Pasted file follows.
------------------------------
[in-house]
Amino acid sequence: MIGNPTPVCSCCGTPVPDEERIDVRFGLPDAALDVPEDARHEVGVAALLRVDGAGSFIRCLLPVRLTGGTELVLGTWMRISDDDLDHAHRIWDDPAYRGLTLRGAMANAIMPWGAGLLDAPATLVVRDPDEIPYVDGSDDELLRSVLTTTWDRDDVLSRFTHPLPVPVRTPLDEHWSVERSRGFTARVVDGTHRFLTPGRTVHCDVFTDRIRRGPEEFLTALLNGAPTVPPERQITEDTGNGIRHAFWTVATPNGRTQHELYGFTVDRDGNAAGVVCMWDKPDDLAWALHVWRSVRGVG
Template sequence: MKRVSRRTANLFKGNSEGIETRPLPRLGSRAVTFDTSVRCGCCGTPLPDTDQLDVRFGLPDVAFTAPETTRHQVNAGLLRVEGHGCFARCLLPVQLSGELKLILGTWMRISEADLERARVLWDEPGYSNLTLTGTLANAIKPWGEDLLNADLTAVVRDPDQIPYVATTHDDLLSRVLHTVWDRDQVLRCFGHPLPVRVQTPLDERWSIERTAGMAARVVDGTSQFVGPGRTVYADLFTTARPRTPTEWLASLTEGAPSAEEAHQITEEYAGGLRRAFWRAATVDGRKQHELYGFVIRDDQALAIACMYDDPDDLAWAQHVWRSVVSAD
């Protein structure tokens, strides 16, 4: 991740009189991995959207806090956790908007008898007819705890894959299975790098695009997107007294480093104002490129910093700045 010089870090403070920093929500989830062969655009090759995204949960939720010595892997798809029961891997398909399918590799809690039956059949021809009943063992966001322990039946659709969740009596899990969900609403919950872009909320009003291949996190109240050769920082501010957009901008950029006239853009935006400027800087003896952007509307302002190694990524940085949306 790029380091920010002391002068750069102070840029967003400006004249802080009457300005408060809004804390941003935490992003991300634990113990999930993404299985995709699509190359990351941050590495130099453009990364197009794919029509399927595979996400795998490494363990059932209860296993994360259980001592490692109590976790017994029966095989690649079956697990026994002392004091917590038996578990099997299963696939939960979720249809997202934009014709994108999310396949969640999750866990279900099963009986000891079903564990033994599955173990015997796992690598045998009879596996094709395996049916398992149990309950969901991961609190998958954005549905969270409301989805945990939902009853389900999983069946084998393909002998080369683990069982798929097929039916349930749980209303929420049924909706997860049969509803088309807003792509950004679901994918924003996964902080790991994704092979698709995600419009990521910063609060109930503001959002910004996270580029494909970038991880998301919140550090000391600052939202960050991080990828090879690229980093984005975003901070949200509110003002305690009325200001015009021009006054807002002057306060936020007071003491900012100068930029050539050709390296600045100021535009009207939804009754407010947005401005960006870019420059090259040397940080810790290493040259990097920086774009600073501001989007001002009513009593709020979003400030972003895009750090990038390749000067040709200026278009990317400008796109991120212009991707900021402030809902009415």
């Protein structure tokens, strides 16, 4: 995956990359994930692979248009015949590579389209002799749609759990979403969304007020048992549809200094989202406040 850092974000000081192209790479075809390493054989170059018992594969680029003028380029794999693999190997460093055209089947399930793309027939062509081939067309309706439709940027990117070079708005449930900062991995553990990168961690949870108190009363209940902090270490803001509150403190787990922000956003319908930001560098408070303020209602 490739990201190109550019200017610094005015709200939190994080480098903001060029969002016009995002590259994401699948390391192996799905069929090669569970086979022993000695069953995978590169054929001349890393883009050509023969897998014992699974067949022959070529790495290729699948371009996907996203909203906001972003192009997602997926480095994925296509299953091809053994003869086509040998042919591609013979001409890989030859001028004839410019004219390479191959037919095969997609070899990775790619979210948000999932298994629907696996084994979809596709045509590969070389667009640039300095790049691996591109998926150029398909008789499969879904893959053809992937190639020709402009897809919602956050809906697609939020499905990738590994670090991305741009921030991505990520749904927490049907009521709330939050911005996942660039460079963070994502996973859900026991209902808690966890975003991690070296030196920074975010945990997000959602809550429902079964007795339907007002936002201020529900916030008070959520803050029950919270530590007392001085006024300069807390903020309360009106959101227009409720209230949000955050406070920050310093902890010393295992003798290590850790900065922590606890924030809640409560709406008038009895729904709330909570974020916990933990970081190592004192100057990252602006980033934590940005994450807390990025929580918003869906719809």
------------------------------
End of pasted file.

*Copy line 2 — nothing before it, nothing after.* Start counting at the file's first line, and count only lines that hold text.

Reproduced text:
Amino acid sequence: MIGNPTPVCSCCGTPVPDEERIDVRFGLPDAALDVPEDARHEVGVAALLRVDGAGSFIRCLLPVRLTGGTELVLGTWMRISDDDLDHAHRIWDDPAYRGLTLRGAMANAIMPWGAGLLDAPATLVVRDPDEIPYVDGSDDELLRSVLTTTWDRDDVLSRFTHPLPVPVRTPLDEHWSVERSRGFTARVVDGTHRFLTPGRTVHCDVFTDRIRRGPEEFLTALLNGAPTVPPERQITEDTGNGIRHAFWTVATPNGRTQHELYGFTVDRDGNAAGVVCMWDKPDDLAWALHVWRSVRGVG